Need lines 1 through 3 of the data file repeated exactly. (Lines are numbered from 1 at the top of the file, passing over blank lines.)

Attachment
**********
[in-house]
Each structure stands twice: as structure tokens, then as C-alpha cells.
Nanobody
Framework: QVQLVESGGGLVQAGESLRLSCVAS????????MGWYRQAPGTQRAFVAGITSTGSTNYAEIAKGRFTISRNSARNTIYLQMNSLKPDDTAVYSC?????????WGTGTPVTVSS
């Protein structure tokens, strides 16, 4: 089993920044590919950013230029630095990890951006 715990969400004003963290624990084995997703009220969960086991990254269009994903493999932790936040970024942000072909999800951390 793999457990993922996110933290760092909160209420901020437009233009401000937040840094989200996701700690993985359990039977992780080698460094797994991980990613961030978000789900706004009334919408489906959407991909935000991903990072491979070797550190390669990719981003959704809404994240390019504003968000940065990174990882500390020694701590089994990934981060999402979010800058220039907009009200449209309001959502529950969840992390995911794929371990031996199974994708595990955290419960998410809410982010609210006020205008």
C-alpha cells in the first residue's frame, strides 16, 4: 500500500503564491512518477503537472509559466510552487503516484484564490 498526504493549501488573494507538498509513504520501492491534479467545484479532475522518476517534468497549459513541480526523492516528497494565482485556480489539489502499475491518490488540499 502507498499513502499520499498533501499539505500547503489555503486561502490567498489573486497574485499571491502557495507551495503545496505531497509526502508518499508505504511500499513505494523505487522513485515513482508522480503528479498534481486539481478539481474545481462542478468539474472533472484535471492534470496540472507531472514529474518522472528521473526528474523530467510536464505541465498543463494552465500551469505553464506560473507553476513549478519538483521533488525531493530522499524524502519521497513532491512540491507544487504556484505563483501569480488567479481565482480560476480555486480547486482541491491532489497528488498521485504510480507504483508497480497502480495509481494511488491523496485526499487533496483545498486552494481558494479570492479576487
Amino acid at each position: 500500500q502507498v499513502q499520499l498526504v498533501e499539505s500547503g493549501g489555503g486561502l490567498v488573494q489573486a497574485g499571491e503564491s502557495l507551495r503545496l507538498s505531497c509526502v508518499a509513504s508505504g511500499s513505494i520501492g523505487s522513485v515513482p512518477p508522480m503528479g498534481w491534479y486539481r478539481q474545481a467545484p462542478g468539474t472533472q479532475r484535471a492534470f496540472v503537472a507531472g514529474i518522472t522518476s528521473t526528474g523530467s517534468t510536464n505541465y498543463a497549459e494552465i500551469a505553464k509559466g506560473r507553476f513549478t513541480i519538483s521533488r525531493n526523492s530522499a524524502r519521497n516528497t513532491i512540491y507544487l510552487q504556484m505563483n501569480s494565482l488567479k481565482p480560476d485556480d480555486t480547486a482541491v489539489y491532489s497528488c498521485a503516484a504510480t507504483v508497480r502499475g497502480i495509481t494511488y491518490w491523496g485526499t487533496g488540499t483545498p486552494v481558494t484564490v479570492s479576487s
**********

[in-house]
Each structure stands twice: as structure tokens, then as C-alpha cells.
Nanobody